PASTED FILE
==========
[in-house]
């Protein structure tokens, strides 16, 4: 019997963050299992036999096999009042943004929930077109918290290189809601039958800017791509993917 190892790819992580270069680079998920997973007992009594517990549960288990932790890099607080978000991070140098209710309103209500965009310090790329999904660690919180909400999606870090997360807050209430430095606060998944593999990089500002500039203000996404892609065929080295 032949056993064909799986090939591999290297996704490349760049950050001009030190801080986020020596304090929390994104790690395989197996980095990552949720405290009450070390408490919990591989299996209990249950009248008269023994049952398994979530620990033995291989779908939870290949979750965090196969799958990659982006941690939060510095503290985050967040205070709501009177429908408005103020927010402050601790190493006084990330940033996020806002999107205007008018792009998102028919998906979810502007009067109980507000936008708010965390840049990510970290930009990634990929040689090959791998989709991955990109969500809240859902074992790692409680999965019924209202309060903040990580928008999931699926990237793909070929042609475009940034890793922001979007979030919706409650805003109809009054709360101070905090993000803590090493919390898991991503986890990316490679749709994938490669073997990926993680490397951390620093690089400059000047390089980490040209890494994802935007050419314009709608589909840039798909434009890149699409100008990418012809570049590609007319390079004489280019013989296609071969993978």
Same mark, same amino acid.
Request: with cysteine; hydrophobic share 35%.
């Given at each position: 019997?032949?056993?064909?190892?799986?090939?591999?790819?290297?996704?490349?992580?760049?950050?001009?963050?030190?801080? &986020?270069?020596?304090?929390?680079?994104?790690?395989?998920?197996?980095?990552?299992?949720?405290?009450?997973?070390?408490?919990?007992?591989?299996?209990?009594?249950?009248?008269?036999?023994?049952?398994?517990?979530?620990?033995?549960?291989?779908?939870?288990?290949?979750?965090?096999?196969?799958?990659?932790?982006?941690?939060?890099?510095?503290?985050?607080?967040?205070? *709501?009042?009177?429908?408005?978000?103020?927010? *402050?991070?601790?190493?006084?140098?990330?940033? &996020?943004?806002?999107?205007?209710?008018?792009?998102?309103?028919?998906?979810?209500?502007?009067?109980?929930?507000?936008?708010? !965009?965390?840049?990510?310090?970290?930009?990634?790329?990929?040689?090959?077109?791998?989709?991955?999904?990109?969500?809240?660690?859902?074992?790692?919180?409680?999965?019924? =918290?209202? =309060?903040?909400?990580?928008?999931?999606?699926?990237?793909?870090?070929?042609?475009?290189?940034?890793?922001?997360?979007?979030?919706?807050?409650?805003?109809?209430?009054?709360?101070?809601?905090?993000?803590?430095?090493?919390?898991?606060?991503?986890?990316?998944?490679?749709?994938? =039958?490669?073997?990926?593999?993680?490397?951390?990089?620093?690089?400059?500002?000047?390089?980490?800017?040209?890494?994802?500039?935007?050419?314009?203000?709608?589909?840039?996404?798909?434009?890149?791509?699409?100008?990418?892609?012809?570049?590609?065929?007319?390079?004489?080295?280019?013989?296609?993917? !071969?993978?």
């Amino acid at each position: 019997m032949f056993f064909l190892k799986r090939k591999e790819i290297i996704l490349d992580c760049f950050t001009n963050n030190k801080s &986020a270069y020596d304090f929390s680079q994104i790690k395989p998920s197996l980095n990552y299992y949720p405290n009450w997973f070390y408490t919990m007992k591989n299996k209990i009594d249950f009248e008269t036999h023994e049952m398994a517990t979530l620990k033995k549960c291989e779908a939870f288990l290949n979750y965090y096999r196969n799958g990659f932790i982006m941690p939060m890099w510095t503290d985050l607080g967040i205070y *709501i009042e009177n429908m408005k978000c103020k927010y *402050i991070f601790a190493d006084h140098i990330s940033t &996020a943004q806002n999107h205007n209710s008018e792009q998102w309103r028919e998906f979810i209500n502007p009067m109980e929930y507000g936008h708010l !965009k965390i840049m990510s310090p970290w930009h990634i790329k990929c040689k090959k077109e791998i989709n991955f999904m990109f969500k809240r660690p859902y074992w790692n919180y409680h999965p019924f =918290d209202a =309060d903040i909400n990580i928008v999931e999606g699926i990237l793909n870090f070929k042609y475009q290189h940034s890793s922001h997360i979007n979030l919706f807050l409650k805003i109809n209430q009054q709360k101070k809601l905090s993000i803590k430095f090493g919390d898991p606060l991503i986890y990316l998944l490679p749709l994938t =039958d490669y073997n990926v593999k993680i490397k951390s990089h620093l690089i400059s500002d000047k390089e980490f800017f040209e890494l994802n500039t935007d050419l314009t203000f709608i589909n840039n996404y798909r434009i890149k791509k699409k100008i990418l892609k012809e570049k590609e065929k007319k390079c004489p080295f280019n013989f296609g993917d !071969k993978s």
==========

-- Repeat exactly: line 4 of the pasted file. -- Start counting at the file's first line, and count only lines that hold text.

Request: with cysteine; hydrophobic share 35%.